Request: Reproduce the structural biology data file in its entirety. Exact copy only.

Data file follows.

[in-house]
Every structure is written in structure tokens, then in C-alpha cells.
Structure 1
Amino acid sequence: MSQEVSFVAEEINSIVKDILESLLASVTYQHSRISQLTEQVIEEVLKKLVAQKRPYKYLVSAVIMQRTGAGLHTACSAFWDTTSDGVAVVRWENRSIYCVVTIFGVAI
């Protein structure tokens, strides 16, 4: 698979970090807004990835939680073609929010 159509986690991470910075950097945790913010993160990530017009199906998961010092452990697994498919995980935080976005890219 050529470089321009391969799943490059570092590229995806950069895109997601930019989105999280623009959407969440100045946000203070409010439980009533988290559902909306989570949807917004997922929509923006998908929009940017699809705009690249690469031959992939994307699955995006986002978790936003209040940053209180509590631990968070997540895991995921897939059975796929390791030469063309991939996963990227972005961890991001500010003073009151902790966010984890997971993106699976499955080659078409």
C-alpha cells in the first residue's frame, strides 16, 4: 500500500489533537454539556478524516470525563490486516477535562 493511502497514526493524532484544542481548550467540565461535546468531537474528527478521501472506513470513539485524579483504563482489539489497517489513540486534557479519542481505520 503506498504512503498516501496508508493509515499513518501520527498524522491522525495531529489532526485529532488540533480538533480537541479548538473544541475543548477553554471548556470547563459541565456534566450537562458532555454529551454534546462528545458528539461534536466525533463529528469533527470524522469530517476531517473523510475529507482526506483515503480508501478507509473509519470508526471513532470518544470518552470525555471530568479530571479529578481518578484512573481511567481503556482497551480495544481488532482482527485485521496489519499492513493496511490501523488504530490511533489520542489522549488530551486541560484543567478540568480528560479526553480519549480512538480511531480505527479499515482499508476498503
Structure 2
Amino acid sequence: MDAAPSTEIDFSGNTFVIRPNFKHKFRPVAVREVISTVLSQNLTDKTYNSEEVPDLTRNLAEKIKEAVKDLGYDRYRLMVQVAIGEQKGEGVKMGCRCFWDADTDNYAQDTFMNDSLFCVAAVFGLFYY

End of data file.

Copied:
[in-house]
Every structure is written in structure tokens, then in C-alpha cells.
Structure 1
Amino acid sequence: MSQEVSFVAEEINSIVKDILESLLASVTYQHSRISQLTEQVIEEVLKKLVAQKRPYKYLVSAVIMQRTGAGLHTACSAFWDTTSDGVAVVRWENRSIYCVVTIFGVAI
């Protein structure tokens, strides 16, 4: 698979970090807004990835939680073609929010 159509986690991470910075950097945790913010993160990530017009199906998961010092452990697994498919995980935080976005890219 050529470089321009391969799943490059570092590229995806950069895109997601930019989105999280623009959407969440100045946000203070409010439980009533988290559902909306989570949807917004997922929509923006998908929009940017699809705009690249690469031959992939994307699955995006986002978790936003209040940053209180509590631990968070997540895991995921897939059975796929390791030469063309991939996963990227972005961890991001500010003073009151902790966010984890997971993106699976499955080659078409």
C-alpha cells in the first residue's frame, strides 16, 4: 500500500489533537454539556478524516470525563490486516477535562 493511502497514526493524532484544542481548550467540565461535546468531537474528527478521501472506513470513539485524579483504563482489539489497517489513540486534557479519542481505520 503506498504512503498516501496508508493509515499513518501520527498524522491522525495531529489532526485529532488540533480538533480537541479548538473544541475543548477553554471548556470547563459541565456534566450537562458532555454529551454534546462528545458528539461534536466525533463529528469533527470524522469530517476531517473523510475529507482526506483515503480508501478507509473509519470508526471513532470518544470518552470525555471530568479530571479529578481518578484512573481511567481503556482497551480495544481488532482482527485485521496489519499492513493496511490501523488504530490511533489520542489522549488530551486541560484543567478540568480528560479526553480519549480512538480511531480505527479499515482499508476498503
Structure 2
Amino acid sequence: MDAAPSTEIDFSGNTFVIRPNFKHKFRPVAVREVISTVLSQNLTDKTYNSEEVPDLTRNLAEKIKEAVKDLGYDRYRLMVQVAIGEQKGEGVKMGCRCFWDADTDNYAQDTFMNDSLFCVAAVFGLFYY